Glider pilot relives Drayton plane crash

Nicholas Rice and Mike Blee
Image caption Nicholas Rice (L) and Mike Blee died in the collision at Drayton in 2009

A glider pilot has told an inquest how an aircraft collided with his glider in the skies over Oxfordshire.

Air cadet Nicholas Rice, 15, and RAF reservist Flt Lt Mike Blee, 62, died in the crash in Drayton on 14 June 2009.

Albert Freeborn described hearing the "alarming" sound of a propeller before the plane rose up from beneath him.

The impact inverted the glider and left him dangling upside down by his straps. He parachuted to safety but watched the glider and plane hit the ground.

The court heard that on the day of the crash Mr Freeborn, 29, had flown from his club, near Basingstoke, Hampshire, to Sherborne, Dorset, and was heading for his next turning point, at Cowley, Oxfordshire.

The two-seater Tutor aircraft had taken off from RAF Benson on an air experience flight carrying Mr Rice, from Calcot, near Reading, and pilot Flt Lt Blee, from Abingdon.

'Alarming sound'

Mr Freeborn, from Portchester, Hampshire, said that shortly before the collision he heard the sound of a propeller.

He said: "It has to be quite close, if you hear the sound of an engine propeller. It's very audible, and alarming as well, because you know it has to be very close.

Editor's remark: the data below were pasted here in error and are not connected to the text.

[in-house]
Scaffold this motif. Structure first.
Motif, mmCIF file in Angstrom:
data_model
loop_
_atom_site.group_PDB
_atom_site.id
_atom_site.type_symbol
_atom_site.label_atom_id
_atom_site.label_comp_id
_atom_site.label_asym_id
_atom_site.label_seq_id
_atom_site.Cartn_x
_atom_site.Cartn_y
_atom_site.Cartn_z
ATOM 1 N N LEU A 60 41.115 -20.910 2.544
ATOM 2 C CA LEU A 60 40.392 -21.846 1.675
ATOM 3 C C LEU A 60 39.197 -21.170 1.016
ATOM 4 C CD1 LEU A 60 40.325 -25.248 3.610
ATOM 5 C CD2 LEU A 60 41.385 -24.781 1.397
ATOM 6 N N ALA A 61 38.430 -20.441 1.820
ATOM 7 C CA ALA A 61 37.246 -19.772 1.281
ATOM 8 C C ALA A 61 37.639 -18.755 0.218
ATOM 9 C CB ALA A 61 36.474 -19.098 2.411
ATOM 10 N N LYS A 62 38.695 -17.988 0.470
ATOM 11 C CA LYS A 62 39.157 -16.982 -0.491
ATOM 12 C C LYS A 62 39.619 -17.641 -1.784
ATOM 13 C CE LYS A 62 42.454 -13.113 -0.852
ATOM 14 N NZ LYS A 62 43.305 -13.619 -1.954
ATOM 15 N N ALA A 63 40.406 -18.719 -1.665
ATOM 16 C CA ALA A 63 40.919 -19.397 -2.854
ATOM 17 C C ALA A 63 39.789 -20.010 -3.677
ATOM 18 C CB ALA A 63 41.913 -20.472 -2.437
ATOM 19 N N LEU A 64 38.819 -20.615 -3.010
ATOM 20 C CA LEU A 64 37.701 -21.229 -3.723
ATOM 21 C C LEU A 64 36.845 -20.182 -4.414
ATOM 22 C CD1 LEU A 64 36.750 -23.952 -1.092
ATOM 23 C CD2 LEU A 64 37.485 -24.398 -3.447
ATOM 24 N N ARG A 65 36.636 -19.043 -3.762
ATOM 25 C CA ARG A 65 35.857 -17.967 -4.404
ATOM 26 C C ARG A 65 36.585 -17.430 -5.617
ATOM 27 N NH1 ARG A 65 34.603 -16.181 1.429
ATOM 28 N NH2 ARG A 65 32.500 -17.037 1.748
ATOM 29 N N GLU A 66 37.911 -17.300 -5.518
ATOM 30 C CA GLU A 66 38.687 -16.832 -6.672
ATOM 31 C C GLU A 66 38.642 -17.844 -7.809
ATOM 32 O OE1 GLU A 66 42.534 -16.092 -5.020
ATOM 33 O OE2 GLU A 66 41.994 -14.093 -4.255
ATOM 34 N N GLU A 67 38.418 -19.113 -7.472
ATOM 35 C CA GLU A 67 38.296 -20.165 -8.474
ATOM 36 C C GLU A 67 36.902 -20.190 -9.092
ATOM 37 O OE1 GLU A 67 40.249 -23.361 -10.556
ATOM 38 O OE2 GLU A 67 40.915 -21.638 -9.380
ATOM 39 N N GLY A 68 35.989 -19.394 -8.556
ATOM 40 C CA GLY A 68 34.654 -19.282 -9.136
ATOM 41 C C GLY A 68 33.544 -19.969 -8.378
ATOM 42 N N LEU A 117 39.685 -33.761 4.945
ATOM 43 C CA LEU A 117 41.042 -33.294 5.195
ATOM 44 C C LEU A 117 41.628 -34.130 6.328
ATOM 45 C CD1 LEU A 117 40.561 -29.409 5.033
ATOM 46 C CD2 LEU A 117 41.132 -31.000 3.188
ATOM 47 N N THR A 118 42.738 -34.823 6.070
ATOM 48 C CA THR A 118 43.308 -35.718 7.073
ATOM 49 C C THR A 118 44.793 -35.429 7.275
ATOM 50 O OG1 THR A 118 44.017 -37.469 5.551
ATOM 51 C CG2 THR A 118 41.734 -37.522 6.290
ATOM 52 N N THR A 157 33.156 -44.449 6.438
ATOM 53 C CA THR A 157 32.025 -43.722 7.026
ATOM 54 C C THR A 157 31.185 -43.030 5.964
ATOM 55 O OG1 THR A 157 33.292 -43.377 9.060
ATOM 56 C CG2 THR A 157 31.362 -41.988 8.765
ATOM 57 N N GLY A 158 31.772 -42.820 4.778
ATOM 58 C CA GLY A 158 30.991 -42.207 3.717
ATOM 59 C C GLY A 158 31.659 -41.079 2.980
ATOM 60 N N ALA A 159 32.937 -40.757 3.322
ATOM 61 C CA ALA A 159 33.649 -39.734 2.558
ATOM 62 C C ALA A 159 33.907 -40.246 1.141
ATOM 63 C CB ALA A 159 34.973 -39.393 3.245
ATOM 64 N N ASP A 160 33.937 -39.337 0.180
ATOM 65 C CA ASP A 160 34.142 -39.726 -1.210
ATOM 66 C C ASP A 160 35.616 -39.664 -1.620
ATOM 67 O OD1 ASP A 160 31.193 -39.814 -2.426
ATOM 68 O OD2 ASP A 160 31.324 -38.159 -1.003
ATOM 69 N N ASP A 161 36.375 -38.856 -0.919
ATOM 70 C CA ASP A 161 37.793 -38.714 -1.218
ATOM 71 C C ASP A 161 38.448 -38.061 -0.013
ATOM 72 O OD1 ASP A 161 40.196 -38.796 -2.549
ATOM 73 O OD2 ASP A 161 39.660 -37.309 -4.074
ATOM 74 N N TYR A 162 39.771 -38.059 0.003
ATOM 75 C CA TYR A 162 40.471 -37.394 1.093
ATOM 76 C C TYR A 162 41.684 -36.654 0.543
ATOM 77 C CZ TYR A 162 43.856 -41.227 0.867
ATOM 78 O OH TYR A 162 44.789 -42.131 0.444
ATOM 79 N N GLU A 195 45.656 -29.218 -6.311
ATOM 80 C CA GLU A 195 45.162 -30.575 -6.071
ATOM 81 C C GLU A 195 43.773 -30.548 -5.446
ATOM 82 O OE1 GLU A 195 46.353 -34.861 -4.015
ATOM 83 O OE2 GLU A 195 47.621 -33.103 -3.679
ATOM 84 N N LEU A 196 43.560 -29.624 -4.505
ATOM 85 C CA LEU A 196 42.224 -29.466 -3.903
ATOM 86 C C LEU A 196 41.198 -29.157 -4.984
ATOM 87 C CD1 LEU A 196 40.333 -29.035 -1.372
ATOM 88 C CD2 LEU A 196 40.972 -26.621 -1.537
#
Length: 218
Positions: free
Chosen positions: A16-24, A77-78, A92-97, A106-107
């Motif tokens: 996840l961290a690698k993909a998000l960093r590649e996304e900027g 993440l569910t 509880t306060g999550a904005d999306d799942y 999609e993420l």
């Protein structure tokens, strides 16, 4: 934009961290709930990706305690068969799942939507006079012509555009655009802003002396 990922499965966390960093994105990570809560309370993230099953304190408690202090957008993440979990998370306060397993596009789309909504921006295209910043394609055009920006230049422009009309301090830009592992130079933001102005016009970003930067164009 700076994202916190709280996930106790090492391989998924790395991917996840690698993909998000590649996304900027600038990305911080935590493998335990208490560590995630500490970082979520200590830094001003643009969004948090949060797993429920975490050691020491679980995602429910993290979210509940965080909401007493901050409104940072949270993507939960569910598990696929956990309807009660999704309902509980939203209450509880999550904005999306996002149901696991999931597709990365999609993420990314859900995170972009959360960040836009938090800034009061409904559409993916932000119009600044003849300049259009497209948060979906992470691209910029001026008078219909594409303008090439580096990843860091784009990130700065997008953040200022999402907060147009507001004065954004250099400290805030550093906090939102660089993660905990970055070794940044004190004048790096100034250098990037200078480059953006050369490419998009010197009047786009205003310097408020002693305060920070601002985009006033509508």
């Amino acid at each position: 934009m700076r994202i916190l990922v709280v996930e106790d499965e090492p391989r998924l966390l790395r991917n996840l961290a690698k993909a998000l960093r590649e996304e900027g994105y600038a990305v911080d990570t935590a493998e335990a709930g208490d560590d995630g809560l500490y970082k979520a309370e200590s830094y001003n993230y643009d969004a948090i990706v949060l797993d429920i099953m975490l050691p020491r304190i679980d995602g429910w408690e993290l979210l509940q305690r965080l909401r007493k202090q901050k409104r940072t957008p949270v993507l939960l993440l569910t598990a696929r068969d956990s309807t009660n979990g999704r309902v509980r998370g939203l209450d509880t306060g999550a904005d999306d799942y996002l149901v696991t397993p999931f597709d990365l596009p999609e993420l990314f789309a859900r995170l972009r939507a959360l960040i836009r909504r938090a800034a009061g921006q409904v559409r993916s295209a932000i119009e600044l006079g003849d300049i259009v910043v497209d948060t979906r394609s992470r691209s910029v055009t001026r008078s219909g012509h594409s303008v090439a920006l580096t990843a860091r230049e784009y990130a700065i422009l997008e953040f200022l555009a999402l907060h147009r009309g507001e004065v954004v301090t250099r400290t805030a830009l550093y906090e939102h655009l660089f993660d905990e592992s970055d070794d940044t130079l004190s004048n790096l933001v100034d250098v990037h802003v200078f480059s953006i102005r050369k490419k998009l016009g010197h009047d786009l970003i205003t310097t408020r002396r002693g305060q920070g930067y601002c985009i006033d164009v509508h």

Image caption Mr Freeborn landed about half a mile from the crash wreckage

"I looked left and down, saw the Tutor very, very close beneath me, then about a second later, to my disbelief, it began to rotate, and rose up towards me.

"At the time of the impact, my head was knocked through into the canopy, which shattered.

"The glider pitched nose-down, looking at the ground.

"I decided I should abandon the glider, and with my left hand opened the canopy, by which time the glider was inverted, it was upside down. My weight was supported by the straps at this point.

"With my right hand I released the straps, I was helped to some extent by gravity, and when I was out of the glider, pulled the ring, and the parachute started to deploy.

"I was aware of the trainer and the glider beneath me, the glider was like a sycamore leaf falling to the ground, then the trainer came into view, not very far away from me, it looked like the engine was still on full power, and there was a trail of smoke.

"The glider landed beneath me and I saw the Tutor impact into a field of crop."

Mr Freeborn, from Portchester, landed in a field about half a mile away from the wreckage.

He escaped with cuts and bruises but suffered post-traumatic stress disorder, the court heard.

Mr Freeborn told jurors at the inquest that he had been gliding since he was 15 and had been flying solo since his 16th birthday.

He said he was a fully rated instructor and held a private pilot's licence and regularly flew light aircraft.

The jury inquest at Oxford Coroner's Court is expected to last six days.

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